A Russian icebreaker just completed the fastest transit of the Northern Sea Route. Along with setting the speed record, the icebreaker also completed the trip over a month after the shipping season usually ends in the Arctic.
The Northern Sea Route runs along Russia’s Arctic coast from the Barents Sea in the west to the Bering Strait in the east.
According to an article published by the Russian media outlet Port News, the Vaygach, a nuclear powered icebreaker, took just seven and a half days, or one hundred and eighty-five hours to be exact, to complete the trip.
It left from the Siberian side of the Bering Strait on December 17, covering over 2,200 nautical miles before reaching its destination in the White Sea on December 25.
Statistics from the past few years do show a handful of other transits taking less than eight days, so it’s not the speed that’s most impressive, but the time of year it took place.
According to statistics from the Northern Sea Route Information Office, the last three shipping seasons wrapped up in mid-November. The Vaygach started its trip in mid-December, completing the record-breaking journey on Christmas Day.
Walt Meier, a research scientist for NASA and co-author of NOAA’s 2015 Arctic Report Card on Sea Ice, says the successful transit is a sign of changing ice conditions in the Arctic.
“Doing it this late in the year is pretty unusual and is an indication that the ice is pretty thin,” Meier explains, adding, “they have confidence that they can get through without too much trouble.”
That confidence was showcased at an international Arctic forum in St. Petersburg in early December, where Russia’s deputy Prime Minister Dmitry Rogozin said the Northern Sea Route could soon be operational year round.
But despite the record transit and the proclaimed potential of the route, Andreas Østhagen, a senior fellow at the Arctic Institute, doesn’t think this is this start of an Arctic boom.
“I’m assuming that what they’re doing, and by ‘they,’ I mean the Russian authorities, is just highlighting the capabilities they have,” Østhagen said.
Those capabilities include the largest fleet of icebreakers in the world, with more than Norway, Canada, Denmark, and the U.S. combined. While Russia’s unmatched fleet allows them to offer more escorts and assistance along their Arctic coastline, it hasn’t exactly attracted more international traffic.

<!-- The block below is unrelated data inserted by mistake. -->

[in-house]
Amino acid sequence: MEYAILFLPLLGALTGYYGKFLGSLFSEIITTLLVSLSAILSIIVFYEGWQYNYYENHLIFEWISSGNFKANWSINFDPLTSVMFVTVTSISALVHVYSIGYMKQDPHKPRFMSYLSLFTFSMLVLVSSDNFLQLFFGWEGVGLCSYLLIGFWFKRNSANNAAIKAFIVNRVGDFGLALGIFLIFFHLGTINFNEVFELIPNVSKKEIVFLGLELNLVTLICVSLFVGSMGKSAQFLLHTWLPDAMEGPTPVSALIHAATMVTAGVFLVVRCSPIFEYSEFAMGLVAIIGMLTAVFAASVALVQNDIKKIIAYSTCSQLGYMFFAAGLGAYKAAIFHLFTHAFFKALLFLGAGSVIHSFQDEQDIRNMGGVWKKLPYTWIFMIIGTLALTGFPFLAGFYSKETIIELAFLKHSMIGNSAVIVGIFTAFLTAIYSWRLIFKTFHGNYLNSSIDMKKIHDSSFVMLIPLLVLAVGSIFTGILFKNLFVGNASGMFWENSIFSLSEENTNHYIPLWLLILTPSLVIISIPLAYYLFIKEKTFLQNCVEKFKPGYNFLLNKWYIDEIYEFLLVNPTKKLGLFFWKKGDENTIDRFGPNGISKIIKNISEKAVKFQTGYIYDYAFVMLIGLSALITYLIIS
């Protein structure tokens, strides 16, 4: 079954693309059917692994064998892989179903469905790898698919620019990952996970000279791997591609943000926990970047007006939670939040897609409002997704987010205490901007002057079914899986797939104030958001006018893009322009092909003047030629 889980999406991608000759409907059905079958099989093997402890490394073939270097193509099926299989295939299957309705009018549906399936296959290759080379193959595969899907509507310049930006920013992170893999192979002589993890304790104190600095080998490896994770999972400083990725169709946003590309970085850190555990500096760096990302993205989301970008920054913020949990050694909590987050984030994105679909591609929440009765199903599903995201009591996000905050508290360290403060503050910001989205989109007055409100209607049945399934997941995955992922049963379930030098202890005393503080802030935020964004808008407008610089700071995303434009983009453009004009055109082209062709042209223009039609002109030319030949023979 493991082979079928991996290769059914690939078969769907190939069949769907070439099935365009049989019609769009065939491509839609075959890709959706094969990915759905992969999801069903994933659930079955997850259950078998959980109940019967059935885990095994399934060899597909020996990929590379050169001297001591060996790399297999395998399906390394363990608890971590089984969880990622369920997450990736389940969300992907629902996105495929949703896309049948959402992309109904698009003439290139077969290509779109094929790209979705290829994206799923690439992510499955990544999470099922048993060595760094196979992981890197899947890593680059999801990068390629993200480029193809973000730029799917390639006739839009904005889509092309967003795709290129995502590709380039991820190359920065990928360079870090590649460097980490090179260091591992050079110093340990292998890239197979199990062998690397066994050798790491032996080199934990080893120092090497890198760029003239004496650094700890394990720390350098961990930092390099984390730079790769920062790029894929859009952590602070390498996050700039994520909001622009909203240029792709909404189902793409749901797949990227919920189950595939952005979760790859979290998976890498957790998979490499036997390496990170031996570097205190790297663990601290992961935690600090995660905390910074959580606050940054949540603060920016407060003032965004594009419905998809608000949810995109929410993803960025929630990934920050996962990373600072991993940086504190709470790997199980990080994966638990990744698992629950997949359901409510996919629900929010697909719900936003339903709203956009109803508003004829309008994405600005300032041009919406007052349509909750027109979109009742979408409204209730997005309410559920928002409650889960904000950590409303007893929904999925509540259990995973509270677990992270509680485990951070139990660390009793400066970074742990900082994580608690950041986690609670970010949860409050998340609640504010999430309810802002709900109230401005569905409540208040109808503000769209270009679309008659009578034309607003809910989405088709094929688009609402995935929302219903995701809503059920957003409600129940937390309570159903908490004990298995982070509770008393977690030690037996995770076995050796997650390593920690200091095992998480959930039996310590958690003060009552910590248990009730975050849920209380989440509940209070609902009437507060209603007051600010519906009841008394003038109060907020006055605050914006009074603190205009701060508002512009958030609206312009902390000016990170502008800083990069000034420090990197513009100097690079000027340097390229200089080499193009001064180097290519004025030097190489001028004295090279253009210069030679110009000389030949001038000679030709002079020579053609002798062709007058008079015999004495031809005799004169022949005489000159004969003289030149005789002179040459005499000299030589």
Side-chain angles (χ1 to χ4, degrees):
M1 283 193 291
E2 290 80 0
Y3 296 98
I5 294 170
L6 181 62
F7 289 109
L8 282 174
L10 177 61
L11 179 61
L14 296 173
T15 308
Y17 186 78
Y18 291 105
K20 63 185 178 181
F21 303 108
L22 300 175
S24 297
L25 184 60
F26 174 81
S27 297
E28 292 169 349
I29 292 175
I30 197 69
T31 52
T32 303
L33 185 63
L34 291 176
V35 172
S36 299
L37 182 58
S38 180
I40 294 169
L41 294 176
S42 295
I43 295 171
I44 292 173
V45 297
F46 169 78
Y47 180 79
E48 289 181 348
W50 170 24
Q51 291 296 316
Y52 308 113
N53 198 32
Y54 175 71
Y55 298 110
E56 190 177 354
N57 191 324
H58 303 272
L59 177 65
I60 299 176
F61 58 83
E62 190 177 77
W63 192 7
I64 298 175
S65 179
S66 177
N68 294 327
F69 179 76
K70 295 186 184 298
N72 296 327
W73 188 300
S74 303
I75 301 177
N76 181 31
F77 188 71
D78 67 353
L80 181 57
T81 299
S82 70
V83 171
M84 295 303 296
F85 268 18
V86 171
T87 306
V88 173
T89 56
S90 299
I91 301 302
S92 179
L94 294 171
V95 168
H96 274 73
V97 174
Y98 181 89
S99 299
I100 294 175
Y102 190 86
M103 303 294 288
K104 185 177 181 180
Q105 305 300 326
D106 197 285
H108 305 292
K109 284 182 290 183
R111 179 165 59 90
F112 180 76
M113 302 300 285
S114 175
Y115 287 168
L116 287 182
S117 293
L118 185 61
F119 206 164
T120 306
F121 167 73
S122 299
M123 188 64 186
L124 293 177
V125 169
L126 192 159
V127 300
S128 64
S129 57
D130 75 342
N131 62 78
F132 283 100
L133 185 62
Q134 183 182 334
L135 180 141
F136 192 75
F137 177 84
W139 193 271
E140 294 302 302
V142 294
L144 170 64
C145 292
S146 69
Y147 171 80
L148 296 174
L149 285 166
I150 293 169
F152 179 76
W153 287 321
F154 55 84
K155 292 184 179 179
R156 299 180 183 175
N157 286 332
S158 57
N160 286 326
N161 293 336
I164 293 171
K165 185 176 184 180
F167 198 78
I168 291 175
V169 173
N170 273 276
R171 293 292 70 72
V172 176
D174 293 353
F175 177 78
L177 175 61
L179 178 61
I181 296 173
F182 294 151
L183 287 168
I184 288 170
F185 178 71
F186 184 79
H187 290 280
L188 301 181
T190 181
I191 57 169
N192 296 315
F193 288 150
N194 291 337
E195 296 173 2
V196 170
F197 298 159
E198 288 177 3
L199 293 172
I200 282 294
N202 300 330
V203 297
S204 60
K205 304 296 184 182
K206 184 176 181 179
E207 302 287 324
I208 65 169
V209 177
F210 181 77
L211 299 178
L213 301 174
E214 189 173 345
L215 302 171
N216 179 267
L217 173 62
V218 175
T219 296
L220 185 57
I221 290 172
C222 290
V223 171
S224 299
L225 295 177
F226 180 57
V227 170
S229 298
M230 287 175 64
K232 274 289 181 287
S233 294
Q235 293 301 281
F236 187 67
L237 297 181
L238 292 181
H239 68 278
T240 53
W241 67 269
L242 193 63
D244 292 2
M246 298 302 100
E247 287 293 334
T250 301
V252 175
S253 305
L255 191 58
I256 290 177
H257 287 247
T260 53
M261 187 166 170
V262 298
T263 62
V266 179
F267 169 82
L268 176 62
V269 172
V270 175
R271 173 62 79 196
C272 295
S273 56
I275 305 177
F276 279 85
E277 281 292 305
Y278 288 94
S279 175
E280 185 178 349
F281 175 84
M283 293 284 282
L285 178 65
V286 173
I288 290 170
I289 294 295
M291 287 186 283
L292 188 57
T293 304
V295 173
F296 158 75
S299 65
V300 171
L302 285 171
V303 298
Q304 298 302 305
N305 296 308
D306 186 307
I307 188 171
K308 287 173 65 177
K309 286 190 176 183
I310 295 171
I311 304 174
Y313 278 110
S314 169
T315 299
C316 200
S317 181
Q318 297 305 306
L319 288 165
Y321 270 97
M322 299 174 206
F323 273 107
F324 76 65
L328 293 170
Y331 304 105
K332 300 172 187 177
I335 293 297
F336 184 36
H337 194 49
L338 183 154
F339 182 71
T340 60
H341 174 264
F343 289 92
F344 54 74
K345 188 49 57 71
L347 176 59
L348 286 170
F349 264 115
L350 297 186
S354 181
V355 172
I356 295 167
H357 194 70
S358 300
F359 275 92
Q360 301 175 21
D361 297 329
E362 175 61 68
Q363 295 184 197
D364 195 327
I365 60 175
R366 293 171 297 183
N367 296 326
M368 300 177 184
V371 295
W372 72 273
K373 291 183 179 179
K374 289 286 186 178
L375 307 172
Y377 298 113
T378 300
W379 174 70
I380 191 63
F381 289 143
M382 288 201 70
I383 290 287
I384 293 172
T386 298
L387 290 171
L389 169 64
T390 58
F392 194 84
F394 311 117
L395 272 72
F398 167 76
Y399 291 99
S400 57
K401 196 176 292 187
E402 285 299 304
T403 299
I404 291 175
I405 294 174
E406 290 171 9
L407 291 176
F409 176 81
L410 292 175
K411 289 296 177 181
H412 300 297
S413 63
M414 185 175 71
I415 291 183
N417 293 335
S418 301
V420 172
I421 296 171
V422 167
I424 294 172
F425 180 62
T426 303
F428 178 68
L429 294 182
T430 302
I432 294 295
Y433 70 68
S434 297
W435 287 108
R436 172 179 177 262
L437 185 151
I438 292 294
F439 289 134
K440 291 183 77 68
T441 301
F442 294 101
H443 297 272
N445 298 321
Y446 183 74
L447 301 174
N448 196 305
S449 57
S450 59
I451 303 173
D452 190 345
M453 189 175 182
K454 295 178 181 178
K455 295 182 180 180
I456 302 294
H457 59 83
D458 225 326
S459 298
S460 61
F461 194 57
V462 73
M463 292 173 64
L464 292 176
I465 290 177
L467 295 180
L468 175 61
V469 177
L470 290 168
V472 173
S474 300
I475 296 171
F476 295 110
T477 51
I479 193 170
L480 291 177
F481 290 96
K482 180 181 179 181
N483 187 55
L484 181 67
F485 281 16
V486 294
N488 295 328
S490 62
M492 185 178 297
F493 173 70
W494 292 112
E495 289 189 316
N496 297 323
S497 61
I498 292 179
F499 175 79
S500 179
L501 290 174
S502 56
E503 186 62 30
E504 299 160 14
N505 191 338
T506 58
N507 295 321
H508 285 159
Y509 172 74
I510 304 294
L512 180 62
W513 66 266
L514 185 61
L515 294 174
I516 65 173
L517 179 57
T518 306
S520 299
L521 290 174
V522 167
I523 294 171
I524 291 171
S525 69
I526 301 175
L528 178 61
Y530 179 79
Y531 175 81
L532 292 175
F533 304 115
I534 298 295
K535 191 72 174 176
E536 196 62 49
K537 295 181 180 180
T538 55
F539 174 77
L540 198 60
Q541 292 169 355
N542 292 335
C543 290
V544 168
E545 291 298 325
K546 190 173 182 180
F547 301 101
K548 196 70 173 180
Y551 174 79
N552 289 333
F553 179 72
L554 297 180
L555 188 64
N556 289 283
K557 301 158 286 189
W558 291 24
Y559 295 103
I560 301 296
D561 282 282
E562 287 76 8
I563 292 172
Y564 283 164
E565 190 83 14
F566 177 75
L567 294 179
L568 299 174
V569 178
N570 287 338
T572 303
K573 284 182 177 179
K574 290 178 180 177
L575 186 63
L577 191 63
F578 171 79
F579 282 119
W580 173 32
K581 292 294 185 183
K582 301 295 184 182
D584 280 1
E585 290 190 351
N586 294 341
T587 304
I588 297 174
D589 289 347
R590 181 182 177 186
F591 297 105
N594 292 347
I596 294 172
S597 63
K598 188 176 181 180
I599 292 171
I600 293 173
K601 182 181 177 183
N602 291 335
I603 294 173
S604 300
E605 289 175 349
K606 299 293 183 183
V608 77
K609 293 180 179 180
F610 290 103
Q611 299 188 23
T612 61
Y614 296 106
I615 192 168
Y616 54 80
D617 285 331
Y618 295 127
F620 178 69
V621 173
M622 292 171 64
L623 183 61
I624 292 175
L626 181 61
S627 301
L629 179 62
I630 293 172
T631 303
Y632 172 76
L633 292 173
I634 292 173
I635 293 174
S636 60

The number of vessels that traveled the full length of the route dropped from more than 70 in 2013 to less than 20 in 2015. The amount of cargo transported dropped even more dramatically: by about 97 percent in just two years.
So what can explain all this? Østhagen says, among other factors, the recent plunge in oil prices means the shorter route is just less attractive to international traffic.
“And then you have the incidents in Ukraine in 2014 naturally hampering the operational environment, maybe not directly, but at least indirectly,” Østhagen added. “The business climate for Russian collaboration in the Northern Sea Route was damaged to some extent.”
Despite persisting political tensions, there is one type of traffic that has been on the rise: destinational traffic, or “intra-transits,” as Østhagen describes them.
“When you look at the numbers for this year, I think it’s quite obvious that what is taking place in the northern sea route is intra-transits, so transits with a destination in the Northern Sea Route itself.”
Russia granted over seven-hundred permits for vessels traveling along the route, a number that has steadily risen over the past few years. The amount of cargo is also up, nearly doubling between 2013 and 2015.
So what’s next for the Northern Sea Route? While it’s hard to predict how the political climate may shift, NASA’s Meier said the changing climate in the Arctic is leading to thinner ice.
“And as the ice is thinner, it’s more easily blown by the winds as well, so it can more easily move away from the coast,” Meier explained.
With any luck — and the right winds — the Northern Sea Route will be back open for business in June.